Satoru Shimoji: Myahk

Satoru Shimoji has had a long career in music. A large part of this was spent as a rock musician in Tokyo with the band Rebecca. Some years ago he returned to his native island of Miyako and rediscovered his roots. He became more involved in Okinawan music and opened his own recording studio. His album Ryugu no Shima (The Peaceful Island) was a successful dip into island music with a strong dose of pop. Since then he has been involved with the Blue Asia album Sketches of Myahk and has recorded with fellow Miyako islander Isamu Shimoji. Now there’s a new solo album of mainly traditional Miyako songs, many with new words and arrangements.

Myahk is not an album that will be to everyone’s liking. Shimoji takes lots of liberties with the old songs and has a taste for sweeping productions – piano and strings are generally favoured to the sanshin – but for the most part it’s very successful and is definitely his most interesting and adventurous release to date. The recordings were made at his studio on Miyako as well as in Saitama and California. Production was by Goh Hotoda with Philippe Saisse responsible for the piano, bass, synthesizer, percussion and orchestrations.


The album opens very simply with the traditional ‘Neeri~Pray’ – just a vocal and the sound of waves on the shore. The lovely ‘Uyakennaure’ then adds piano and violin to Shimoji’s voice which is joined by women singers in call and response mode. ‘Kanasha’ is sung in the Miyako language and in the sleeve notes (which are in English as well as Japanese) Shimoji writes that he wanted to protect this endangered language through music and that “coming back after 15 years of Tokyo life” he decided to write the song for his parents who gave birth to him on this precious island.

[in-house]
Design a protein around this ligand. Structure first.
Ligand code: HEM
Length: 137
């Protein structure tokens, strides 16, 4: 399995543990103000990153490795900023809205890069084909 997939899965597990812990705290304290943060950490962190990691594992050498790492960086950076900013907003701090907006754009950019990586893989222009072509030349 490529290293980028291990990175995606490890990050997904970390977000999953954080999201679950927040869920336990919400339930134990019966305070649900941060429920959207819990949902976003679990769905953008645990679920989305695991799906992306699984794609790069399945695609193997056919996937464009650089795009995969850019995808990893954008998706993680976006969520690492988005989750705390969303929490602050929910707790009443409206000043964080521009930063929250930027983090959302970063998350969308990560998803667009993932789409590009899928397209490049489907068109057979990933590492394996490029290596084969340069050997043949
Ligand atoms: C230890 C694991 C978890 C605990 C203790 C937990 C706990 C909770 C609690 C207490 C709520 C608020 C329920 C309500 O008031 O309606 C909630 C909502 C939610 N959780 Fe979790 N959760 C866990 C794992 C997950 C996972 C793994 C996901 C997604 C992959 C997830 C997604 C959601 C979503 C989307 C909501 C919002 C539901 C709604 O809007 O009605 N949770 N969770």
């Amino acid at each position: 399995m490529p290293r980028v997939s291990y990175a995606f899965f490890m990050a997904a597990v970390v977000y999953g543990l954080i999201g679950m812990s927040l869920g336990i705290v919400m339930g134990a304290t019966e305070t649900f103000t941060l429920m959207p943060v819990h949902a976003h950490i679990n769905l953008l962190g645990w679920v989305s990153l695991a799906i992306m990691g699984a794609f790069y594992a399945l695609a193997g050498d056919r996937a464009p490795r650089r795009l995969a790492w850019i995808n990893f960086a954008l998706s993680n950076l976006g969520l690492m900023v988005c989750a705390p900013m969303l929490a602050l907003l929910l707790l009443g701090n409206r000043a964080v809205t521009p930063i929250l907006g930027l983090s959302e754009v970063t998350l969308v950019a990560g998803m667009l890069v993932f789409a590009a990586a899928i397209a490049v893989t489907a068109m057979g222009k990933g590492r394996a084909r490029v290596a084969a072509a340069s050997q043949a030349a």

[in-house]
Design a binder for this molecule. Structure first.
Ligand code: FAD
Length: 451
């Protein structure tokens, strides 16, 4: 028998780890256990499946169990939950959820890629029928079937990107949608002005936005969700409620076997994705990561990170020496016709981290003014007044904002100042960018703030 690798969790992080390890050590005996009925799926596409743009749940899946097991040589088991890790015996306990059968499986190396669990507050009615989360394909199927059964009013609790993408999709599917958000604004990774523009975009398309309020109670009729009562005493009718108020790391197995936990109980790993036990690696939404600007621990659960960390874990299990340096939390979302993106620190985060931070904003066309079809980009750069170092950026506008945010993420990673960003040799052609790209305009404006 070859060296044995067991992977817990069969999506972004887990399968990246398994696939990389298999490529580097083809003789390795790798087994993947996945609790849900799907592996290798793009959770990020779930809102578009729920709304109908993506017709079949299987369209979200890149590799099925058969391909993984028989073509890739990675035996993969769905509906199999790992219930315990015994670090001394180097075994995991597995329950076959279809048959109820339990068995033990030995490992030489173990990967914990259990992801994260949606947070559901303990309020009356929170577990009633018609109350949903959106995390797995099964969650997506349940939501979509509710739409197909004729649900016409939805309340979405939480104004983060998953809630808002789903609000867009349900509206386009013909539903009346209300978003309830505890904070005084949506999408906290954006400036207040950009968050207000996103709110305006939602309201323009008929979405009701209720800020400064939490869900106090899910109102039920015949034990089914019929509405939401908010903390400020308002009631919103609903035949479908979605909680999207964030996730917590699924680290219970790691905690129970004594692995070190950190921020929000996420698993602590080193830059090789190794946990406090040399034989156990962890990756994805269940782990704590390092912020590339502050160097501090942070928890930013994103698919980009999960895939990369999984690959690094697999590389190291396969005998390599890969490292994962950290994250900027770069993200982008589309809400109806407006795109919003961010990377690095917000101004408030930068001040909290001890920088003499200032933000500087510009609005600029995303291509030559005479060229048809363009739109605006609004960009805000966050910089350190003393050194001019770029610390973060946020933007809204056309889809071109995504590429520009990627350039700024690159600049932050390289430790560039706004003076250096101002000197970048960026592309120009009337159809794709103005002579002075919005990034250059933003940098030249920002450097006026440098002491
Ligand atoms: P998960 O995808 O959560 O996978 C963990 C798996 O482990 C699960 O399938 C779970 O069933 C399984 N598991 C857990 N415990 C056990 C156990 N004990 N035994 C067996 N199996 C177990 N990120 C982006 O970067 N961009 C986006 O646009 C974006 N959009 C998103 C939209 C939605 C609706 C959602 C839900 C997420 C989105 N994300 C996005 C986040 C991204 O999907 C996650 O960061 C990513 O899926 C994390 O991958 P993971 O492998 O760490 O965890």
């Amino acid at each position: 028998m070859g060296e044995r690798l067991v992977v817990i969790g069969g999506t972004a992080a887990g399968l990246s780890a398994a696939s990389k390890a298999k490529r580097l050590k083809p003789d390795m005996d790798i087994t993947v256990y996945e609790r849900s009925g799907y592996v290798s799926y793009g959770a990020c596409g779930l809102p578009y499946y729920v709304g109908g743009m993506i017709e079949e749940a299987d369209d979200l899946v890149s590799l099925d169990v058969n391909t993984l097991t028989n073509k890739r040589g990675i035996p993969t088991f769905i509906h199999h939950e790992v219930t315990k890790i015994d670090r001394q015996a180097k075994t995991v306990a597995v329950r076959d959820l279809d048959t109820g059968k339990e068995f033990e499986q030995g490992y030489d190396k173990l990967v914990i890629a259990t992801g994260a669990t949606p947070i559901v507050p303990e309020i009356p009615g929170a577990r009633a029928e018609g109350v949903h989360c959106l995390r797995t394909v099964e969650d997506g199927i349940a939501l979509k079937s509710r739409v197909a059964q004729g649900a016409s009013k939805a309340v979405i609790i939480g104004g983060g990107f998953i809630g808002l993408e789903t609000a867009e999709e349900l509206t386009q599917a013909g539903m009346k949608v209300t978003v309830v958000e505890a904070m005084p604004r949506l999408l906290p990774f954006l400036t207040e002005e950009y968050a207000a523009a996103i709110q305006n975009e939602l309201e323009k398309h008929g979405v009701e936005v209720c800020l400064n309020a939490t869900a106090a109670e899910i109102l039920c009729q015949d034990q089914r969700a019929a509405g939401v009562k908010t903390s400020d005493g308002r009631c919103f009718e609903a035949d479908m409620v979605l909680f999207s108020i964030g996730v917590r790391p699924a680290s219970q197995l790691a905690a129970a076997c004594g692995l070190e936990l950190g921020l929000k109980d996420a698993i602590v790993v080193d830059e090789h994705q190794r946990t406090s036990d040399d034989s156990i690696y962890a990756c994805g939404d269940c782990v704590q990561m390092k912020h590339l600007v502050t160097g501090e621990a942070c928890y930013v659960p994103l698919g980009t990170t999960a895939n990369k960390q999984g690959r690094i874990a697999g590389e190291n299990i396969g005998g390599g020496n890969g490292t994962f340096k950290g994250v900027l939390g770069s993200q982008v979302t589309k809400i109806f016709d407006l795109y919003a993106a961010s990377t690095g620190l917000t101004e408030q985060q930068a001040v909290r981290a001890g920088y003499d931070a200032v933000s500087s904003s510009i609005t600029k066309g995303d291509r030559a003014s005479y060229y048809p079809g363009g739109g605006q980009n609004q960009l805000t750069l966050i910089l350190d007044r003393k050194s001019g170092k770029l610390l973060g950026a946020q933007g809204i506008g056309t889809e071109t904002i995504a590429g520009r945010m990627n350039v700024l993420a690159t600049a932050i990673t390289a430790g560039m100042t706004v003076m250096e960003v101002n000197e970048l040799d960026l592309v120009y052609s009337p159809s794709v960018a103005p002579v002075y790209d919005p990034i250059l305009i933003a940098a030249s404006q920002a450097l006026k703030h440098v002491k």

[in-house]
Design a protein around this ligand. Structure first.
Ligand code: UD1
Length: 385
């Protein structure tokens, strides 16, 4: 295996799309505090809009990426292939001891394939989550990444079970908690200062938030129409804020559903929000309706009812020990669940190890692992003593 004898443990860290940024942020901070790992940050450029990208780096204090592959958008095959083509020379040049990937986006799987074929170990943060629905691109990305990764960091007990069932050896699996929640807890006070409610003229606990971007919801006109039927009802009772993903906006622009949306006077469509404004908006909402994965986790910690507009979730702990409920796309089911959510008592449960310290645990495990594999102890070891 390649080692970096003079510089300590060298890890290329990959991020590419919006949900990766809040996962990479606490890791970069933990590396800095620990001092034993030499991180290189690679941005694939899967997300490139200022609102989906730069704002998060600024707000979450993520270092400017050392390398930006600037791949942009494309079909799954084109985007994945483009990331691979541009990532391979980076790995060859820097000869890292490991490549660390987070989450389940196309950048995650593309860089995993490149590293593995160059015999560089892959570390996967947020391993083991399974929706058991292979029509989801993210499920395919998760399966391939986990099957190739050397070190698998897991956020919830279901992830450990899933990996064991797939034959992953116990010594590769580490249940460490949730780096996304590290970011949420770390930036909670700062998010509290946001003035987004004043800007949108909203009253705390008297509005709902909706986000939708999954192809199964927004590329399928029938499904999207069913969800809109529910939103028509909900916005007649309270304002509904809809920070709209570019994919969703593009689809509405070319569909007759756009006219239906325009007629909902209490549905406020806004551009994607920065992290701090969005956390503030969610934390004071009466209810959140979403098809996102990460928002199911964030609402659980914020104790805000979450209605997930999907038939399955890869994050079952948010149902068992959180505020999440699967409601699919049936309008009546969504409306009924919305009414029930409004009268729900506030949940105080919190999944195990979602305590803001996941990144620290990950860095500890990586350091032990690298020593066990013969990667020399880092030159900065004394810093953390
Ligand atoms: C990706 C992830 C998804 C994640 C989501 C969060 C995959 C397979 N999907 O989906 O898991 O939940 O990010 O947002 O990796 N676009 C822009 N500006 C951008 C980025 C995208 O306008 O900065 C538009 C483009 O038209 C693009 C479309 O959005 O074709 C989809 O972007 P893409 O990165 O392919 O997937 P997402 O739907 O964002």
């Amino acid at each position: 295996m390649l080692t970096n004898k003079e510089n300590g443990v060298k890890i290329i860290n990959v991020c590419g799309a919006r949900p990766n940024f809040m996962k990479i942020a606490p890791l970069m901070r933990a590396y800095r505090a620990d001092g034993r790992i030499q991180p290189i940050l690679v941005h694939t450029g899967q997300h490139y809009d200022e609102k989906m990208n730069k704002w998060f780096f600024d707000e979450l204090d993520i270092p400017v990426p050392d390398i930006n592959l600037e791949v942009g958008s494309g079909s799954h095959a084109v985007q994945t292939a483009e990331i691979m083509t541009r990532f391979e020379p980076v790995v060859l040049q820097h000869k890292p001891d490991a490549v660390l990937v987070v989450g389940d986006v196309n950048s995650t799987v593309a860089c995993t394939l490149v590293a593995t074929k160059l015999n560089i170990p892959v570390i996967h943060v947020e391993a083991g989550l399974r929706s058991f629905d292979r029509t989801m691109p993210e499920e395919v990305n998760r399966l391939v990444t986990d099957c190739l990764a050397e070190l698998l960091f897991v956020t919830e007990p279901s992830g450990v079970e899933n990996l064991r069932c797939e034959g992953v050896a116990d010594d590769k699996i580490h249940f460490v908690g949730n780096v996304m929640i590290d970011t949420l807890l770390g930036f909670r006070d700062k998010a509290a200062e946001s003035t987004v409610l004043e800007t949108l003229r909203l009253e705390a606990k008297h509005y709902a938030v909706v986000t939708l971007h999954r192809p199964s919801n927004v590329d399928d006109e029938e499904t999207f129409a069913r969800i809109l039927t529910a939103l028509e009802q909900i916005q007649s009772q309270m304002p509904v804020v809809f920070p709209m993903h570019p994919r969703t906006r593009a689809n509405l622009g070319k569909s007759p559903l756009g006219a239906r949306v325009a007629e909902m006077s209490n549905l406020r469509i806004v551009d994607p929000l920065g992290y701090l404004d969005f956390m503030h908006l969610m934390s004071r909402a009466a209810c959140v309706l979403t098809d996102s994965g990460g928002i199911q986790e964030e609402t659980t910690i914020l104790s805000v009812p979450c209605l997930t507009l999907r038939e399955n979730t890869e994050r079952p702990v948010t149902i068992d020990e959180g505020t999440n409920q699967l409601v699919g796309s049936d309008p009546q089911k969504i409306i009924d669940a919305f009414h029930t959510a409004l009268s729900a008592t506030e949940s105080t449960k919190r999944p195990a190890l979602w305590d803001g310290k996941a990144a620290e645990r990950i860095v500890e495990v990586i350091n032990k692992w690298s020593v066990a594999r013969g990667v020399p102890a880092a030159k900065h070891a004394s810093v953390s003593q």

Other songs have themes of prayer and thanks and tell stories from Miyako history. Two in particular are outstanding: ‘Wooninu-shoo’ is a sad evocative duet featuring singer-songwriter Nokko (also a former member of the band Rebecca), while the seven minute version of the famous traditional song ‘Tougani Ayagu’ works better than anyone could have expected with its sanshin and lush orchestral backing. There are sparse arrangements as well as orchestral ones but primarily it’s Shimoji’s strong singing and the beautifully melodic songs which capture the feeling of Miyako and make this album so enjoyable.

Myahk is released on Lagoon Music Entertainment.

Explore posts in the same categories: Okinawan Albums

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